SAN FRANCISCO (CN) – When viewers turn on their Vizio smart TVs, the TVs are watching them, a Californian claims in a federal class action.
Vizio, a multibillion-dollar smart TV company, tracks the viewing patterns of its users and matches the data with personally identifying information that it sells to third parties, lead plaintiff Palma Reed claims in her Nov. 13 lawsuit.
Reed says Vizio partners with co-defendant Cognitive Media Networks to “secretly install invasive tracking software” in TVs to record which shows are watched and collect identifying information that can be linked to “particular households, and perhaps, particular people.”
The lawsuit was filed 10 days after ProPublica published a report on Vizio and its practice of tracking users’ viewing patterns without their express consent.
According to ProPublica , Vizio claims the Video Privacy Protection Act, which prohibits cable TV and video rental companies from selling information about customers’ viewing habits, does not apply to them.
In its October filing for an initial public offering , Vizio flaunted its ability to collect data on a variety of content displayed on its TVs, including content from cable and satellite providers, streaming devices and gaming consoles. Vizio said it provides “highly specific viewing behavior data on a massive scale with great accuracy.”
Vizio automatically opts customers in to the program without disclosing the tracking software, Reed says in the complaint. She claims Vizio “continuously scans consumers’ home computer networks” to capture information that can be used to identify the people who were watching the TV.
“That is, although defendants know someone is watching a particular show or movie, they require additional information to assign the viewing information to a specific person,” the 30-page complaint states.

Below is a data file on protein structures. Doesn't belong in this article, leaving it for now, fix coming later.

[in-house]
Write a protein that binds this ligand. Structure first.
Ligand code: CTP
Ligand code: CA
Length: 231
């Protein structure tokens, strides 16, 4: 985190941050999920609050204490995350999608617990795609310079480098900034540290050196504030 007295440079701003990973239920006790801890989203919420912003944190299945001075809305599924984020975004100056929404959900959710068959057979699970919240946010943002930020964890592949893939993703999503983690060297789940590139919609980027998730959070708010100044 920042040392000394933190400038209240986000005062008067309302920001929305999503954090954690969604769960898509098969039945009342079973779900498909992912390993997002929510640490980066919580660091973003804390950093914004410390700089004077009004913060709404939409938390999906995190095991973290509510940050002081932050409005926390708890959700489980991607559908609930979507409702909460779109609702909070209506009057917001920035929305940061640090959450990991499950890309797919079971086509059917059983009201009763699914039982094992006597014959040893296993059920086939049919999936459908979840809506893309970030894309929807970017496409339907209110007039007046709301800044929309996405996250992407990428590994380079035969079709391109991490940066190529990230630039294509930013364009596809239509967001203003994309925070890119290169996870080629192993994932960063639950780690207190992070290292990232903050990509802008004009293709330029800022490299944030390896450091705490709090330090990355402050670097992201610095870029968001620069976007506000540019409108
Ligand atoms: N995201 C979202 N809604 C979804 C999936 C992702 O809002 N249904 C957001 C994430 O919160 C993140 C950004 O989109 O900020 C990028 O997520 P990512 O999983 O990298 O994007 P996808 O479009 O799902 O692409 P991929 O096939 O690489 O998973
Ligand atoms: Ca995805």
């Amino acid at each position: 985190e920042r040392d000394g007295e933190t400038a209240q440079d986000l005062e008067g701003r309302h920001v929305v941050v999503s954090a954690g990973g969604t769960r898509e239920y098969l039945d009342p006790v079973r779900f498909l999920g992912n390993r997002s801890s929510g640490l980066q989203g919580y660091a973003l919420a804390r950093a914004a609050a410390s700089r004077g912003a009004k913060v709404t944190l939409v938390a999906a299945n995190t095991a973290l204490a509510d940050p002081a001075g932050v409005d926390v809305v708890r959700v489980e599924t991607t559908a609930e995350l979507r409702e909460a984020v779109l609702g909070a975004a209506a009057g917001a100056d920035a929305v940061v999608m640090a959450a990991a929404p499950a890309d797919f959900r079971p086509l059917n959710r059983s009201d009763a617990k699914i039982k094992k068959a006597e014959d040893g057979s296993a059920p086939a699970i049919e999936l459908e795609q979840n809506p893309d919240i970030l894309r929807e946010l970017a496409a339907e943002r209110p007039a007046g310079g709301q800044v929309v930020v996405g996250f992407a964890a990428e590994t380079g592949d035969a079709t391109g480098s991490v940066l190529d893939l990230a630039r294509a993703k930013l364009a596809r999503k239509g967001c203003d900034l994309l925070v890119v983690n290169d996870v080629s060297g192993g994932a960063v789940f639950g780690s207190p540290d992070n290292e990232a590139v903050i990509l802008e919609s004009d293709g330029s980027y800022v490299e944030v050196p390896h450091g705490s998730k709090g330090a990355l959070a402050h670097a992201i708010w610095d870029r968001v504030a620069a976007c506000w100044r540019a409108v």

Reed says that Vizio contracts with data brokers to obtain more personally identifying information about the people and households from whom it collects the information.
“With the enhanced data, Vizio now knows that it was Jane Doe at 123 Main Street that watched ‘Scandal’ on a Thursday at 8:00 p.m. pacific time with an IP address of 220.127.116.11 and a Wifi router MAC address of 04:bd:88:7a:1c:c1,” the complaint states, adding that Vizio then sells that information to private companies.
Reed claims Vizio went to “great lengths” to conceal its tracking software from customers. She says Vizio hid references to the content tracking in “obscure settings menus,” to prevent customers from discovering and understanding it.
Although Vizio provides an opt-out feature allowing users to disable the tracking software, Vizio calls the feature “Smart Interactivity” and fails to explain how it allows the company to tracks users’ viewing patterns, Reed says.
Reed says she bought two Vizio Smart TVs in Los Angeles in December 2012, for $324 and $606.
“At no time did she consent to the operation of defendants’ tracking software,” the complaint states. “And, at no time did defendants disclose to her that the Smart TVs had defendants’ tracking software installed and operating.”
Had she known about the tracking software, Reed says, she would not have bought the TVs.
She seeks class certification, an injunction, and statutory and punitive damages for false advertising, fraud, negligent omission, unjust enrichment and violations of the Video Privacy Protection Act and California business laws.
She is represented by Samuel Lasser with Edelson PC in San Francisco.
Vizio, an Irvine-based company that was founded in 2002, was the 142nd largest private company in the United States, with $3.1 billion in revenue in 2014, according to Forbes.
Vizio did not immediately respond to an email seeking comment Tuesday evening.
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